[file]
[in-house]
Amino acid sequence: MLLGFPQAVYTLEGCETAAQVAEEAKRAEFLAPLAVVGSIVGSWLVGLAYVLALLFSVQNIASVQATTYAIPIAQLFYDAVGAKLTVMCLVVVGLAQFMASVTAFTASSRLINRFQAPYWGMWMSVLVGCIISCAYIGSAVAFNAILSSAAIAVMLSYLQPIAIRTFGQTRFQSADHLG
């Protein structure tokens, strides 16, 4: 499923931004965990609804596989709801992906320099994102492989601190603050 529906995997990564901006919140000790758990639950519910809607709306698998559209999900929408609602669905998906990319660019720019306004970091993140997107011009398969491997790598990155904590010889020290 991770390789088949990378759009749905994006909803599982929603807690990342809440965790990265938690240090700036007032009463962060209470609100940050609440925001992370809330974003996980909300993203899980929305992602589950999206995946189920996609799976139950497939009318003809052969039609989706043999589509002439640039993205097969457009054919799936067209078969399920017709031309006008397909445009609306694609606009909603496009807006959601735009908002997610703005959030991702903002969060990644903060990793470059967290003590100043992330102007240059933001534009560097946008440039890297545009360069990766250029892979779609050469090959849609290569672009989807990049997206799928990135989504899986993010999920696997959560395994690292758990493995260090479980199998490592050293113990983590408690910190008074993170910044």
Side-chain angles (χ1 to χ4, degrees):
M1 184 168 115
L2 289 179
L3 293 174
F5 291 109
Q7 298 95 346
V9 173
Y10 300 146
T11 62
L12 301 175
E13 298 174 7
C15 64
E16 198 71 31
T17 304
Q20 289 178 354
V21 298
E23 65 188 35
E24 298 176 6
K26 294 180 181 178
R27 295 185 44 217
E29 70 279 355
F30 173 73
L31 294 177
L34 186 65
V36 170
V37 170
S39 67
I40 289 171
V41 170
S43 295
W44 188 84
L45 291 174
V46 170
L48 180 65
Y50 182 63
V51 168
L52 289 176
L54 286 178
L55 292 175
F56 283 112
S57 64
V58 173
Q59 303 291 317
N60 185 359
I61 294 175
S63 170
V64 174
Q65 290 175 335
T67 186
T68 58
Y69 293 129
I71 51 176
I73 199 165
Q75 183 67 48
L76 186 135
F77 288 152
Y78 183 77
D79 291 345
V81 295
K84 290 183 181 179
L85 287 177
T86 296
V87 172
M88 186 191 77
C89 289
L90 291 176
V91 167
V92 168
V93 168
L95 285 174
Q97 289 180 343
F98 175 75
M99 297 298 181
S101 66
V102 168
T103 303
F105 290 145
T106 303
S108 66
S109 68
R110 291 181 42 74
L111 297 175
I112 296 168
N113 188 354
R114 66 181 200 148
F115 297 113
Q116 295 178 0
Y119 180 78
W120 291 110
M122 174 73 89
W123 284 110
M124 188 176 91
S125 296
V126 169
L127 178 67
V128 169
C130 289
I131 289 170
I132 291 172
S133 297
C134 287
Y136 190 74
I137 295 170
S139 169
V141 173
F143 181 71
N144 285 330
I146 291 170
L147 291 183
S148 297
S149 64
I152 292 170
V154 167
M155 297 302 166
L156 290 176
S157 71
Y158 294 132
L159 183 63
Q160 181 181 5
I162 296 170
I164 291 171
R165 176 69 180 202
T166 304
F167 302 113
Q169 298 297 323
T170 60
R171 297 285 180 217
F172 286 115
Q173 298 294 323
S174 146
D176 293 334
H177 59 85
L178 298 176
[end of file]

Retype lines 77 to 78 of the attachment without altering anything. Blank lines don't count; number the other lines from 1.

S101 66
V102 168